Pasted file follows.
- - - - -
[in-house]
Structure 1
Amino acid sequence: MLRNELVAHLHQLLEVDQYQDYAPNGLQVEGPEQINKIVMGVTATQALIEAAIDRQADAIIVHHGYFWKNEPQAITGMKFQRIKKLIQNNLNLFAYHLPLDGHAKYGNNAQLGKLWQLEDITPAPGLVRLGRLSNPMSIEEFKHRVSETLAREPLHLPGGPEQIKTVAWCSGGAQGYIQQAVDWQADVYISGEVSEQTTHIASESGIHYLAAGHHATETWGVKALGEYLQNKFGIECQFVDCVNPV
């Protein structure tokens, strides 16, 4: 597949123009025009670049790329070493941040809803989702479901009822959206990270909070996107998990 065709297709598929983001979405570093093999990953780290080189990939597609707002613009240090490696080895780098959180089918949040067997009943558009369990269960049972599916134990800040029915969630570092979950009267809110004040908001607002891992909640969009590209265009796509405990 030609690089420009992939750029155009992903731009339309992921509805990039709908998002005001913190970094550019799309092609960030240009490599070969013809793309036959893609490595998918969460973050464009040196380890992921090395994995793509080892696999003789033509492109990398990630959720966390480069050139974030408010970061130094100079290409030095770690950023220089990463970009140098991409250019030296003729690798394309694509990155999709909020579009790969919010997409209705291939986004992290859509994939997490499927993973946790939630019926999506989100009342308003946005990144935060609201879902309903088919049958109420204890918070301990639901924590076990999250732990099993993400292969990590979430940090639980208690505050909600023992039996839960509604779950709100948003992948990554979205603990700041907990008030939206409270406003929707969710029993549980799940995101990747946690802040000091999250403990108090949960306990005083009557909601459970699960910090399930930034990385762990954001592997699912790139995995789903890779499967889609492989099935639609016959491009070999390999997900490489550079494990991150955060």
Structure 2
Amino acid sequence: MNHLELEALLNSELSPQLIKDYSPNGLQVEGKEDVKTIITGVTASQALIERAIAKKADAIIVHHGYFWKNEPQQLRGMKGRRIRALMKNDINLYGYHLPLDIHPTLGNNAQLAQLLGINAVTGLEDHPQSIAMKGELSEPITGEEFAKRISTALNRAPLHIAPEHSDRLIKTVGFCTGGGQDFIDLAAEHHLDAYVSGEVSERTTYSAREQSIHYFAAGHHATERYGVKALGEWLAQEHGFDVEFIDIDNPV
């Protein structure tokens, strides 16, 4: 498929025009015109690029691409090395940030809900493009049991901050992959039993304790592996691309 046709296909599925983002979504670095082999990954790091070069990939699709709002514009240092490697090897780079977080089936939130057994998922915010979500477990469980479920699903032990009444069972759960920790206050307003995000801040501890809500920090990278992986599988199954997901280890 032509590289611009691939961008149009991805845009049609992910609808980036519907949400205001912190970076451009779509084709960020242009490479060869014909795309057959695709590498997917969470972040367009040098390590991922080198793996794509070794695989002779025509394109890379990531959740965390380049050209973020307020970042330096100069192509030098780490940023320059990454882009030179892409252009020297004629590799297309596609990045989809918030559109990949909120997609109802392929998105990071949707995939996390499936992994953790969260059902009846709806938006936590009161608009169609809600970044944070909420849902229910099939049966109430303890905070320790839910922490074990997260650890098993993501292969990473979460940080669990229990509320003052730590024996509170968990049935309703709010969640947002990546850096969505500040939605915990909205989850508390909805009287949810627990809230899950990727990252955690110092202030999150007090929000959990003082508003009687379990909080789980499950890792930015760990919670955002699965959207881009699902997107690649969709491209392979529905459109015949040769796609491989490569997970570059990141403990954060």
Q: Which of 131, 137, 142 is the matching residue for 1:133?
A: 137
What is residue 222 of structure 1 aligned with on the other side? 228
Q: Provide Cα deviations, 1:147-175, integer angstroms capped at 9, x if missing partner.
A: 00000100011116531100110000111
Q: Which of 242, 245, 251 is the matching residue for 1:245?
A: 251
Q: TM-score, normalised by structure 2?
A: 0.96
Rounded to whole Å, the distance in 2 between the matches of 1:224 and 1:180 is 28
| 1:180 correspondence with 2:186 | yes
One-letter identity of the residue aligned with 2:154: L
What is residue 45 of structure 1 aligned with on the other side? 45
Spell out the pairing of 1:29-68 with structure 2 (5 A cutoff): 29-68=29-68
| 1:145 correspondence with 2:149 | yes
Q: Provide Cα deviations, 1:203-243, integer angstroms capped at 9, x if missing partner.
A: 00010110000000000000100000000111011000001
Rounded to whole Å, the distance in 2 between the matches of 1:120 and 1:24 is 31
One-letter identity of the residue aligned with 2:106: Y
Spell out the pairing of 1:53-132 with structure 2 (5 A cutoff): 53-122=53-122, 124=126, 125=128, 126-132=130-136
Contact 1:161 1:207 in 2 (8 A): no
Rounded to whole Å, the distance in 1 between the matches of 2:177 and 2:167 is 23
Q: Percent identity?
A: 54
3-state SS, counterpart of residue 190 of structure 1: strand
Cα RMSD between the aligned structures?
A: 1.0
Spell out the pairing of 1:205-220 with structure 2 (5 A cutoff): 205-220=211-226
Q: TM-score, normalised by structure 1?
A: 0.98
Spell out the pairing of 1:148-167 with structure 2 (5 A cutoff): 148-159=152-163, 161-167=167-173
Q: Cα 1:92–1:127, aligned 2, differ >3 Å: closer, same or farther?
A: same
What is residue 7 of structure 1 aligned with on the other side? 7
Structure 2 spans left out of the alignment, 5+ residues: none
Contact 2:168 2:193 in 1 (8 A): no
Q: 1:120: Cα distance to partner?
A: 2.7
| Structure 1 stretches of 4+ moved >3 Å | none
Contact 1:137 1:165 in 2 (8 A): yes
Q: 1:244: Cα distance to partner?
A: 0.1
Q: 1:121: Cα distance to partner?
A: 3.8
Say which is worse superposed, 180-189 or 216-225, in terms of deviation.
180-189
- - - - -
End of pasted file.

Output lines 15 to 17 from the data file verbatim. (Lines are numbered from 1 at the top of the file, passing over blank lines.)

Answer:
Q: TM-score, normalised by structure 2?
A: 0.96
Rounded to whole Å, the distance in 2 between the matches of 1:224 and 1:180 is 28